I had wanted to be a mom for a lifetime. In September of last year, my daughter, Melby, was born, and so was I, in a sense — a brand new, freshly minted mama. After three decades of dreaming of motherhood, though, finding a way to feel OK about being “just” a mom was much harder than I'd anticipated.
I had decided to stay home with Melby indefinitely. Even though my previous job as a preschool teacher was not high on the list of impressive careers with which to introduce myself at parties, I loved my job. I thrived off of the structure, the socialization with other like-minded people, the chance to help children develop vital social and emotional skills, and even the paltry paycheck.
A few weeks into motherhood, having barely left the house, let alone strayed from the short route between the couch and the toilet, I was deep in a haze of postpartum depression. I could only ask myself again and again if a mother was "all" I was. It felt too ambiguous, too totally free from structure. It didn't start or end. It didn't come with bi-yearly reviews or bonuses or appreciation days. There was no point at which I clocked out and grabbed a drink with friends in more comfortable shoes. As far as I could tell, it was just an endless stream of time during which a small screaming person was either attached to my boobs or some alternate part of my body. When my husband went back to work as a pilot after the first week, I called him hysterical on the phone, confessing to him that I'd made a horrible mistake. I should have never had a baby.
Nine months later, I don't feel that way at all. I am no longer depressed, no longer feel blurry about time or the space between my daughter's body and my own, no longer struggle to identify as a mother. In fact, quite the opposite. I love being a mama.
Melby and I have fallen into a rhythm. We wake up at the same time each day; we begin with nursing — for her, breastmilk, and for me, some coffee we make while she babbles happily on the countertop. We make meals together and do dishes and yoga together. The days are not concretely scheduled like before, but we have a certain cadence. Days of library visits and music class, coffee dates and grocery shopping, park swings and long walks, punctuated by two very consistent naps at 9 a.m. and 2 p.m. It's melodic almost — a buzzing stretch of playing and food and chores and laughter or tears with quiet moments built in. We seem to have it quite figured out.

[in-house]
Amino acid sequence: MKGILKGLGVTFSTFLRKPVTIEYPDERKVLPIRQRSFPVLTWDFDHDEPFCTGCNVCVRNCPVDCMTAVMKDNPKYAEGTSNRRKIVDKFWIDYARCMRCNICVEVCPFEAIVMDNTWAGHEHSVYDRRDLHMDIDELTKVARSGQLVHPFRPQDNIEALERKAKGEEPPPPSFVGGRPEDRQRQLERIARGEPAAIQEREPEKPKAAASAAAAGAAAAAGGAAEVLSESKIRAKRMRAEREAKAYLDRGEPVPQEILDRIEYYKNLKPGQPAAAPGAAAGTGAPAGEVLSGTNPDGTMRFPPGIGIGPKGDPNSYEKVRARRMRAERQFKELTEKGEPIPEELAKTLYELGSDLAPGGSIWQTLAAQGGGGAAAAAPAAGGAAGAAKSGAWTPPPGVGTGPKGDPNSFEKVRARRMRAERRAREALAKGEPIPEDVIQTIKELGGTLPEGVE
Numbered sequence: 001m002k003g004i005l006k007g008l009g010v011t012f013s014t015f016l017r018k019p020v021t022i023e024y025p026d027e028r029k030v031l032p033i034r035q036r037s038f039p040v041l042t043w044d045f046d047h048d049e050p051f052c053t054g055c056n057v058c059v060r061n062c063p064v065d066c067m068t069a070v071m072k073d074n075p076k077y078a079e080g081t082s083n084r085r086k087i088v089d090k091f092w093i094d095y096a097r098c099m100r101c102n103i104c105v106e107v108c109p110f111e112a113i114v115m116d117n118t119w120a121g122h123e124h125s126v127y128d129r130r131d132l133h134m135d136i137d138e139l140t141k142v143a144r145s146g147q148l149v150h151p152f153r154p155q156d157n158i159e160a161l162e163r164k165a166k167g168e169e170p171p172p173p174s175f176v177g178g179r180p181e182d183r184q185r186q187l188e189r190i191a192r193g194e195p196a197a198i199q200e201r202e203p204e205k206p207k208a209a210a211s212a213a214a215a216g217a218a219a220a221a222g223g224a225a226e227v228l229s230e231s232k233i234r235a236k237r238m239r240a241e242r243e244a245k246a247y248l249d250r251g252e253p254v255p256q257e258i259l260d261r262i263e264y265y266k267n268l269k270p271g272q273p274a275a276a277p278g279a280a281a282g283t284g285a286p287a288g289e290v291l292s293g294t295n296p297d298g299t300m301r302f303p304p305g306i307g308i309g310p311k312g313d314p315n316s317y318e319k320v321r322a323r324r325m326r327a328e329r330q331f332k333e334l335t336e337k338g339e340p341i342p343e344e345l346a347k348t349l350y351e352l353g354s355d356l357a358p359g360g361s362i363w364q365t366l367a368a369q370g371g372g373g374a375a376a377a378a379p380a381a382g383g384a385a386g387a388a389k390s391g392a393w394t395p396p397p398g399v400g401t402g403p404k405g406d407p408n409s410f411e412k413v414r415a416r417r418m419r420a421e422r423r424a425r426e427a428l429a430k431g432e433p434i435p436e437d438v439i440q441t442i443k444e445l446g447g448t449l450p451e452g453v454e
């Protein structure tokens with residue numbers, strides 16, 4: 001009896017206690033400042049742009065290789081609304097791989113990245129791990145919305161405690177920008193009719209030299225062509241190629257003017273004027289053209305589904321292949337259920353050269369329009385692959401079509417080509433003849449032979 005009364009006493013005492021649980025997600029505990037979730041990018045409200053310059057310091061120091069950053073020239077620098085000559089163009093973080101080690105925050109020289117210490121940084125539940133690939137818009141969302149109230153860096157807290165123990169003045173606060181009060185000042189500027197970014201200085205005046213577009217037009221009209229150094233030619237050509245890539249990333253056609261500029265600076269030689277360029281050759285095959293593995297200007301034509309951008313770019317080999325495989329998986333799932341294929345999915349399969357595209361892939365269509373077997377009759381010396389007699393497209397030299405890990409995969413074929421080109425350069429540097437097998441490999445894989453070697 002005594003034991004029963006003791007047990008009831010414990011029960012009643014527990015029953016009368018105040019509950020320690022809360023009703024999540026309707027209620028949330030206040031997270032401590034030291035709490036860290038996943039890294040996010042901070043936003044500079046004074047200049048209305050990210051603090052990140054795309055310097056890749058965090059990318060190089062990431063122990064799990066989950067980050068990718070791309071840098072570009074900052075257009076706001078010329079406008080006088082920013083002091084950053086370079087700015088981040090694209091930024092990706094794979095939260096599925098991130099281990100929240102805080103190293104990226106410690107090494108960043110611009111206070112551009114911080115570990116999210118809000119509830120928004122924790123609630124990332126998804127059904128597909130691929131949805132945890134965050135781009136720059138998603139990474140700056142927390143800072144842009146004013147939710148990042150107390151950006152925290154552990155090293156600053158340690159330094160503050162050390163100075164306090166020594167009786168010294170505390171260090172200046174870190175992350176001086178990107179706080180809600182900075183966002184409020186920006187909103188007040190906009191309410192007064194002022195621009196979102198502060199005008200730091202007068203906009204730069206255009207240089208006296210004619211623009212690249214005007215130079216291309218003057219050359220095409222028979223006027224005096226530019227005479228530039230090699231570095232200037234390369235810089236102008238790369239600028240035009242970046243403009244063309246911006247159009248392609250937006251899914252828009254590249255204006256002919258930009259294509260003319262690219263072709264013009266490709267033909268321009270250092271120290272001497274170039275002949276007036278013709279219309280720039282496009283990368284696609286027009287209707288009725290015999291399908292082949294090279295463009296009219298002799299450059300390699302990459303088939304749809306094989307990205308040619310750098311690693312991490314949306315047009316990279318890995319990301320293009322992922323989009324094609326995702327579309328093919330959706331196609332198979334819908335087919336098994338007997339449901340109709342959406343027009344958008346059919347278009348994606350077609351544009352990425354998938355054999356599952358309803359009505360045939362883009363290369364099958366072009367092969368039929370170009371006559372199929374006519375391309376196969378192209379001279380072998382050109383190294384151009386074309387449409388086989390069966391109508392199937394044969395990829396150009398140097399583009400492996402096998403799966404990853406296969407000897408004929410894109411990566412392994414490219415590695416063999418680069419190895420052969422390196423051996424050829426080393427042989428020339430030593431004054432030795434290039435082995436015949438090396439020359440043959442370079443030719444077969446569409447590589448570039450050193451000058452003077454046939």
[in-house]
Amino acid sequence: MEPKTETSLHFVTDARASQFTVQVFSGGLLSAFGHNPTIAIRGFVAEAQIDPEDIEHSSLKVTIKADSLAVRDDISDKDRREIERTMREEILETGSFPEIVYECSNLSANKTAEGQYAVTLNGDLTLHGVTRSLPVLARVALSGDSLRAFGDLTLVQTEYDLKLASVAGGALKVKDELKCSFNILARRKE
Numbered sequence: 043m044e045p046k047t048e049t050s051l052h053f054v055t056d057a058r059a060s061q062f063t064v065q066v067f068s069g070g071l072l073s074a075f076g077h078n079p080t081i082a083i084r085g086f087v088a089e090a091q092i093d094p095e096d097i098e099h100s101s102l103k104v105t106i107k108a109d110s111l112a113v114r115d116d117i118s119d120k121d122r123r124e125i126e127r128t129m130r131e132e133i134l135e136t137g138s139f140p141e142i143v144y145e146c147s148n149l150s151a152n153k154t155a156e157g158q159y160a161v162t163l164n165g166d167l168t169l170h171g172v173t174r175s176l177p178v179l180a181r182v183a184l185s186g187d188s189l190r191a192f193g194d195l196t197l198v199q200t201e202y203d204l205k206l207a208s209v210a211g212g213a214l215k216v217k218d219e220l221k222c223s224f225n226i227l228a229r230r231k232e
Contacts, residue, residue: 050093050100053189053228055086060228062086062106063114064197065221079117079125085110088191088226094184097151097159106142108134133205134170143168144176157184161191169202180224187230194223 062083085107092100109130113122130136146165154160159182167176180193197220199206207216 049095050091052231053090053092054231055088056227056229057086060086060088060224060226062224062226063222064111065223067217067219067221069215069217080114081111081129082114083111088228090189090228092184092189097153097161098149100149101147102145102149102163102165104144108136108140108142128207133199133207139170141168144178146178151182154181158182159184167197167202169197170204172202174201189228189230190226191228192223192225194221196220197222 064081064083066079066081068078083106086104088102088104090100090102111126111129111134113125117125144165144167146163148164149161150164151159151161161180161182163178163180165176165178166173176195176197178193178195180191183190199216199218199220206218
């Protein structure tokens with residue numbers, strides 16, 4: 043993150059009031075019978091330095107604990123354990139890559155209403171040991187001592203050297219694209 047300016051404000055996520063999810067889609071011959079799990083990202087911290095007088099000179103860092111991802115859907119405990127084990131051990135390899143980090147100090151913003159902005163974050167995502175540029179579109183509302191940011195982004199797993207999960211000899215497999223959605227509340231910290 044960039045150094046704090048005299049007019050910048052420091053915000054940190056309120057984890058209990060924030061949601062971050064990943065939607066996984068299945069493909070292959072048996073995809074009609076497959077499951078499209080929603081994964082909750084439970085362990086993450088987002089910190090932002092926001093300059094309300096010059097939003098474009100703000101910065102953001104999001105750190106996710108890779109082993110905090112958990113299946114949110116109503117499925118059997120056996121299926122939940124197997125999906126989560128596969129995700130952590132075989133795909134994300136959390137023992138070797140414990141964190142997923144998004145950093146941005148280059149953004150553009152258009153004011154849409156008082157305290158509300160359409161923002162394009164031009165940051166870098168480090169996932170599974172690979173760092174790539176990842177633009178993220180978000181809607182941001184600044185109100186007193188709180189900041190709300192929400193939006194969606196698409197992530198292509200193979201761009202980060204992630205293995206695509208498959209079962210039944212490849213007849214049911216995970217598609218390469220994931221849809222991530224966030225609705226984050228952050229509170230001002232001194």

I ran into a woman I know only peripherally and hadn't seen in years; she asked how I'd been, what I'd been up to. I fumbled with my words. 'I just had a baby. Well, not just... she's nine months. It feels like "just." I'm staying home.'
It is certainly not for everyone, but for me, "stay-at-home mom" is now a proud title. I've embraced it heartily. I go to mom's groups. I even started a less conventional one of my own. I write about being a mom. I draw cartoons about being a mom. I've made friends with other new moms. I have read every positive discipline, sleep, and baby food book. I am momming hard.
The other day, however, I realized maybe the pendulum has swung too far in the other direction. I went on a rare outing entirely by myself — not the infrequent date night with my husband or a yoga class with a friend; it was just me, alone — a unicorn of an event these days. I ran into a woman I know only peripherally and hadn't seen in years; she asked how I'd been, what I'd been up to. I fumbled with my words. "I just had a baby. Well, not just... she's nine months. It feels like 'just.' I'm staying home. She's with my husband."
Melby was the only thing I could think to say about myself. Suddenly I felt like I was using it as a defense. A thing to say in place of things to say.
Certainly motherhood is consuming. It consumes your body, your time, your sleep, your energy. I don't take issue with that. What did alarm me was my feeling of painfully vulnerable without my daughter strapped to my chest, my feeling that I had nothing, was nothing, without her.